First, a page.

"I missed them, but I got the plate number. I’m going to call 9-1-1. I’ll call you right back."

"No! Don’t you dare!"

"Sir, you just got robbed," I say. "I’m calling the police."

He fumbles for words, begs me not to make the call. I interrupt him, saying, "Please listen to me, sir. If my boss finds out that I didn’t call the cops, I’m fired."

"No, you don’t understand. This cannot be documented."

"Why? Do you know these women?"

Hesitantly, he reveals that he and his friend picked them up near the Waldorf. I knew what that meant.

"Oh, they were hookers!" I exclaim. "How much did they take from you?"

"About five-hundred bucks," he sheepishly admits.

It’s obvious he’s withholding a key element of why he doesn’t want to pursue the matter. I continue to push for answers

"I still don’t understand why you don’t want the police involved."

"All right, all right. I’ll be straight with you. I just attended a banquet at the Waldorf. The governor was there, the mayor was there…"

"What are you trying to say?" I interject, cutting him off. "I thought you were going to be straight with me?"

He pauses before telling me the rank of his position, where he’s from, who he works for. My jaw drops open, eyes widening.
He’s arguably the highest ranking law enforcement official of Pennsylvania.

"I guess I should know better, huh?" he says.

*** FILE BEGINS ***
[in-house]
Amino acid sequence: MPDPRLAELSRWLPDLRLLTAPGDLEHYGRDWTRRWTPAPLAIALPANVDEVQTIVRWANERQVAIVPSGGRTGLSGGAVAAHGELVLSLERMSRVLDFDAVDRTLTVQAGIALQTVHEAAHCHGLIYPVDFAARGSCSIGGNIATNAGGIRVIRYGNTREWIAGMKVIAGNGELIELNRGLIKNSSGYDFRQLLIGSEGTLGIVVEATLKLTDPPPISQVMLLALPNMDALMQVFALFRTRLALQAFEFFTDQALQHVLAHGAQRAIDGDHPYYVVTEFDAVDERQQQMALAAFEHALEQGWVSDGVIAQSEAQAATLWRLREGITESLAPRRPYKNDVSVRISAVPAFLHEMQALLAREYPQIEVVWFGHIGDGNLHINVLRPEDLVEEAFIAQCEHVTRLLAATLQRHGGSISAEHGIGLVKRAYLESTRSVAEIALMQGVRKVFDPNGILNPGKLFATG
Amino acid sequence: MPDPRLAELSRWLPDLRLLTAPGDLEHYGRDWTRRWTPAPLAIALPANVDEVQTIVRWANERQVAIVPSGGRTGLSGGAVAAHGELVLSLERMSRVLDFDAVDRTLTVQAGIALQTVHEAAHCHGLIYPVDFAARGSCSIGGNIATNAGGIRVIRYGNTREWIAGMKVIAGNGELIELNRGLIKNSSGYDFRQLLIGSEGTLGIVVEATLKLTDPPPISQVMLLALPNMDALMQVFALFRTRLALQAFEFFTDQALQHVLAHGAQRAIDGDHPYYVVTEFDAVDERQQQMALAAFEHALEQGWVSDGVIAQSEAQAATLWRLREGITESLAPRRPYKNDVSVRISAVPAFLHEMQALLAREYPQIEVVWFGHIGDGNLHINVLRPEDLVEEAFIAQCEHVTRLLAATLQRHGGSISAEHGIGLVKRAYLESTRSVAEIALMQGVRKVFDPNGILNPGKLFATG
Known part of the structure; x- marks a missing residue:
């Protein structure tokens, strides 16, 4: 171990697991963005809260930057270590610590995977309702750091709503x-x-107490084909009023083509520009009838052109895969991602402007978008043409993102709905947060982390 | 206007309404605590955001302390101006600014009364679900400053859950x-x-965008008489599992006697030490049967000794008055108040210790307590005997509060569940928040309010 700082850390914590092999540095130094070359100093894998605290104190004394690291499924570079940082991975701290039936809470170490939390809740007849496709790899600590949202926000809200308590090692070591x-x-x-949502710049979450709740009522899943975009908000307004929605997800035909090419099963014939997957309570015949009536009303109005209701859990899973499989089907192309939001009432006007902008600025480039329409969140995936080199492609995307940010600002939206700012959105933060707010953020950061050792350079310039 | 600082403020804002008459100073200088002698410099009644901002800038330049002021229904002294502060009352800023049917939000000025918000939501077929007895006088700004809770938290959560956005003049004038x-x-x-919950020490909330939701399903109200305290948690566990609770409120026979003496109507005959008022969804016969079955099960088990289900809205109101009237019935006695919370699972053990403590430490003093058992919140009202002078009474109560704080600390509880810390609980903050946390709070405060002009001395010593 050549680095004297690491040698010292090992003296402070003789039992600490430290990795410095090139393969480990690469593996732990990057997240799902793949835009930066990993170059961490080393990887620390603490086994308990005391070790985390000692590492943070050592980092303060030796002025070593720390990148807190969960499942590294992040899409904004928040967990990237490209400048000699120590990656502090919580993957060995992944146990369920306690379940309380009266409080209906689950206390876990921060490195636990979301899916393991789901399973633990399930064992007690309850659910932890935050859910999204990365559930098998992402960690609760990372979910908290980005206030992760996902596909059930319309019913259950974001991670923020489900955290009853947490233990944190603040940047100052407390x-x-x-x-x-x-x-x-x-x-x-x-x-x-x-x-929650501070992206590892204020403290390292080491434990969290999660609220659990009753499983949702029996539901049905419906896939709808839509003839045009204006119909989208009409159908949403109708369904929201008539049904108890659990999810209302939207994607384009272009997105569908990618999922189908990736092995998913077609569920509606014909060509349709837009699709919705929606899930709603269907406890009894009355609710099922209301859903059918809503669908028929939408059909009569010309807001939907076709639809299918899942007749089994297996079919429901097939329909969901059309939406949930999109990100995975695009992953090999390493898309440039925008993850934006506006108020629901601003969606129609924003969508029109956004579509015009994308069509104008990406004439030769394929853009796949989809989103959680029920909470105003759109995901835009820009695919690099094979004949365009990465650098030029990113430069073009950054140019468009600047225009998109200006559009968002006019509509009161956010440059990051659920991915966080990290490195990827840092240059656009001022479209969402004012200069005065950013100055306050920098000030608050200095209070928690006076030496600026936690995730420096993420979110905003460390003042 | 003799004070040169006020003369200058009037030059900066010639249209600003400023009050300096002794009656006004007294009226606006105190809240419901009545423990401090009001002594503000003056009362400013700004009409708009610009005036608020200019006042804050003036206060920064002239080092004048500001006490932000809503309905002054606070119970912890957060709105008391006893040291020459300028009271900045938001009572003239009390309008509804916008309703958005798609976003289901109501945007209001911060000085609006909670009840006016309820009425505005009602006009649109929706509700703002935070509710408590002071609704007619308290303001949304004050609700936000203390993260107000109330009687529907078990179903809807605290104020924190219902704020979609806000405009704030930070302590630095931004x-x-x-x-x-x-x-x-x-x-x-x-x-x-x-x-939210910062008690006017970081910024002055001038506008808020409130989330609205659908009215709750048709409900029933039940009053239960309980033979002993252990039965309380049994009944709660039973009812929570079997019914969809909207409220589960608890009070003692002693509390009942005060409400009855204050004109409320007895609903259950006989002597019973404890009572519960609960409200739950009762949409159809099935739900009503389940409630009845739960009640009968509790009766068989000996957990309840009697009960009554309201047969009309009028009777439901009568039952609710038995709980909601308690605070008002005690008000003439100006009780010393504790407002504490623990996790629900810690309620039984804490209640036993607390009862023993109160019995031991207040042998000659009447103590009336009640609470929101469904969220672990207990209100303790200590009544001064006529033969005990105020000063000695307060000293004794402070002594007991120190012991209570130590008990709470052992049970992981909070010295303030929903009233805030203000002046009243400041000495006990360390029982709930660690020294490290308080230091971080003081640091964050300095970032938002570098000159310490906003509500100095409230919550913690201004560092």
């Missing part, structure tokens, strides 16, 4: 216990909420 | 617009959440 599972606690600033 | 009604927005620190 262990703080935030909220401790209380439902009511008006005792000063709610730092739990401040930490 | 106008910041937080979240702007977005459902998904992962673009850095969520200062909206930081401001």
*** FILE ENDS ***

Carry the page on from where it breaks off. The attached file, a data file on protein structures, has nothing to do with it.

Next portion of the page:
"I guess you should!" I respond, tone of voice rising with each word uttered. He’s vulnerable, and deserves to be hit in a sore spot with a boulder-size sarcastic comment. He gets quiet, but eventually asks, "So you’re not going to call the police?"

"Nah, I’m not gonna call."

"I’d appreciate it."

We hang up and, as requested, I leave the cops out of it. But I go directly to the office to call the assistant security director at home. After explaining to him what took place, he says,

"Don’t call the cops, but make sure you write up an incident report."

He then asks, "Did they have drinks with the girls?"

"Yeah, I think so."

"Okay. Get a copy of the room service bill and put it in with the file. We’ve got to cover our ass just in case the girls put knockout drops in their drinks. I’ll have the boss call you in the morning."

Before writing up the incident report I check with the front-office manager to see if this guy is really who he claims to be.

The listing next to his room number on the computer printout indicates he’s telling the truth. In block letters, the line item reads: Commonwealth of Pennsylvania.

The next morning I get a call from my boss. At first I suspect he’ll suggest that nothing happened, so I can help him protect one of his fellow law officers. Instead, he says, "Screw him. He got what he deserves. If we don’t file a police report, he’ll turn around and falsely accuse one of the maids of stealing his money."

One of the guys on the day shift reports the incident to NYPD. Although it undoubtedly didn’t register high on the radar screen of the busy Mid-Town North precinct, which likely filed away the case soon after with no follow-up report, this incriminating file lies dormant somewhere in the city archives.